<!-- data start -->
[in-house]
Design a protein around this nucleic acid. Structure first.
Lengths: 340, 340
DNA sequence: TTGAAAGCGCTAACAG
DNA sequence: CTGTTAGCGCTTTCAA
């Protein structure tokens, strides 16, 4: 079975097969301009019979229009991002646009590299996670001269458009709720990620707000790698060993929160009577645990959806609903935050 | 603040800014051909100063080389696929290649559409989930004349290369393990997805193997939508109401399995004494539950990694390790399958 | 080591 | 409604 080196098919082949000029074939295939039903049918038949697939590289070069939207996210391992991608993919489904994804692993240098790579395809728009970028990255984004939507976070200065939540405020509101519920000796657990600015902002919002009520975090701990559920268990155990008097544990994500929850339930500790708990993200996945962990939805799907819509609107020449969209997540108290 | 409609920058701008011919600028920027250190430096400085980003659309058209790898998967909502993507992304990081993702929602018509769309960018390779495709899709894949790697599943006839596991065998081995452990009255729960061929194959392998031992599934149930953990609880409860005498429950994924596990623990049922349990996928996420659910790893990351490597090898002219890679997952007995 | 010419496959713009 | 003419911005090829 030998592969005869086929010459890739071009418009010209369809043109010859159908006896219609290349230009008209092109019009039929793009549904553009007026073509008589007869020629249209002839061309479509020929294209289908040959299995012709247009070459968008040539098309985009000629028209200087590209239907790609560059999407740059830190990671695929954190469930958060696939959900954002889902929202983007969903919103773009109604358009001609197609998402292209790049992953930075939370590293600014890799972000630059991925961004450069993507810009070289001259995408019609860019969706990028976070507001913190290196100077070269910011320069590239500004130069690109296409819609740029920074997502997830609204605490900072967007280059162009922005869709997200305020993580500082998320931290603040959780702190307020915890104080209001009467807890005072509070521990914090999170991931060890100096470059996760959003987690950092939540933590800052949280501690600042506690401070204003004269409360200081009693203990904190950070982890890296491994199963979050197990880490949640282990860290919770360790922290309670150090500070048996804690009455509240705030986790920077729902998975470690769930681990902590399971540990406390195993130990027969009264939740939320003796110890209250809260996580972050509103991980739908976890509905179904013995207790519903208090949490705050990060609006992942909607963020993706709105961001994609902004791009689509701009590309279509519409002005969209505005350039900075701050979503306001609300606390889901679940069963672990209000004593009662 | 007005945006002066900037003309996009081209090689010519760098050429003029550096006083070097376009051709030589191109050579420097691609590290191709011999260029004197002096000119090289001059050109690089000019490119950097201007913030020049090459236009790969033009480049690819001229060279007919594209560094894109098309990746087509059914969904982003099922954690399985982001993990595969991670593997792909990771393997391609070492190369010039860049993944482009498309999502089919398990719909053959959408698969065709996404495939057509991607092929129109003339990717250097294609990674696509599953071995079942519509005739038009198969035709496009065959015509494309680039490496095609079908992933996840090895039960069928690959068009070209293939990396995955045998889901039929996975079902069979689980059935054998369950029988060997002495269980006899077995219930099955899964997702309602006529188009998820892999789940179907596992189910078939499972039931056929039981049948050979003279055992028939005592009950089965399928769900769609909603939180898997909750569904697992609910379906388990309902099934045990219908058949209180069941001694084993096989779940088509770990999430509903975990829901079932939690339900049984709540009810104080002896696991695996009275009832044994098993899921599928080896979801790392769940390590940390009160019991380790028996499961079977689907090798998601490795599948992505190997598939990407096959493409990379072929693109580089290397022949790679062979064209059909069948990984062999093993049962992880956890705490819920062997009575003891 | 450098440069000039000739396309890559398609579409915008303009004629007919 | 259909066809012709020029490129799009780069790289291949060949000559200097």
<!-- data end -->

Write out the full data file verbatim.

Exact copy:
[in-house]
Design a protein around this nucleic acid. Structure first.
Lengths: 340, 340
DNA sequence: TTGAAAGCGCTAACAG
DNA sequence: CTGTTAGCGCTTTCAA
């Protein structure tokens, strides 16, 4: 079975097969301009019979229009991002646009590299996670001269458009709720990620707000790698060993929160009577645990959806609903935050 | 603040800014051909100063080389696929290649559409989930004349290369393990997805193997939508109401399995004494539950990694390790399958 | 080591 | 409604 080196098919082949000029074939295939039903049918038949697939590289070069939207996210391992991608993919489904994804692993240098790579395809728009970028990255984004939507976070200065939540405020509101519920000796657990600015902002919002009520975090701990559920268990155990008097544990994500929850339930500790708990993200996945962990939805799907819509609107020449969209997540108290 | 409609920058701008011919600028920027250190430096400085980003659309058209790898998967909502993507992304990081993702929602018509769309960018390779495709899709894949790697599943006839596991065998081995452990009255729960061929194959392998031992599934149930953990609880409860005498429950994924596990623990049922349990996928996420659910790893990351490597090898002219890679997952007995 | 010419496959713009 | 003419911005090829 030998592969005869086929010459890739071009418009010209369809043109010859159908006896219609290349230009008209092109019009039929793009549904553009007026073509008589007869020629249209002839061309479509020929294209289908040959299995012709247009070459968008040539098309985009000629028209200087590209239907790609560059999407740059830190990671695929954190469930958060696939959900954002889902929202983007969903919103773009109604358009001609197609998402292209790049992953930075939370590293600014890799972000630059991925961004450069993507810009070289001259995408019609860019969706990028976070507001913190290196100077070269910011320069590239500004130069690109296409819609740029920074997502997830609204605490900072967007280059162009922005869709997200305020993580500082998320931290603040959780702190307020915890104080209001009467807890005072509070521990914090999170991931060890100096470059996760959003987690950092939540933590800052949280501690600042506690401070204003004269409360200081009693203990904190950070982890890296491994199963979050197990880490949640282990860290919770360790922290309670150090500070048996804690009455509240705030986790920077729902998975470690769930681990902590399971540990406390195993130990027969009264939740939320003796110890209250809260996580972050509103991980739908976890509905179904013995207790519903208090949490705050990060609006992942909607963020993706709105961001994609902004791009689509701009590309279509519409002005969209505005350039900075701050979503306001609300606390889901679940069963672990209000004593009662 | 007005945006002066900037003309996009081209090689010519760098050429003029550096006083070097376009051709030589191109050579420097691609590290191709011999260029004197002096000119090289001059050109690089000019490119950097201007913030020049090459236009790969033009480049690819001229060279007919594209560094894109098309990746087509059914969904982003099922954690399985982001993990595969991670593997792909990771393997391609070492190369010039860049993944482009498309999502089919398990719909053959959408698969065709996404495939057509991607092929129109003339990717250097294609990674696509599953071995079942519509005739038009198969035709496009065959015509494309680039490496095609079908992933996840090895039960069928690959068009070209293939990396995955045998889901039929996975079902069979689980059935054998369950029988060997002495269980006899077995219930099955899964997702309602006529188009998820892999789940179907596992189910078939499972039931056929039981049948050979003279055992028939005592009950089965399928769900769609909603939180898997909750569904697992609910379906388990309902099934045990219908058949209180069941001694084993096989779940088509770990999430509903975990829901079932939690339900049984709540009810104080002896696991695996009275009832044994098993899921599928080896979801790392769940390590940390009160019991380790028996499961079977689907090798998601490795599948992505190997598939990407096959493409990379072929693109580089290397022949790679062979064209059909069948990984062999093993049962992880956890705490819920062997009575003891 | 450098440069000039000739396309890559398609579409915008303009004629007919 | 259909066809012709020029490129799009780069790289291949060949000559200097």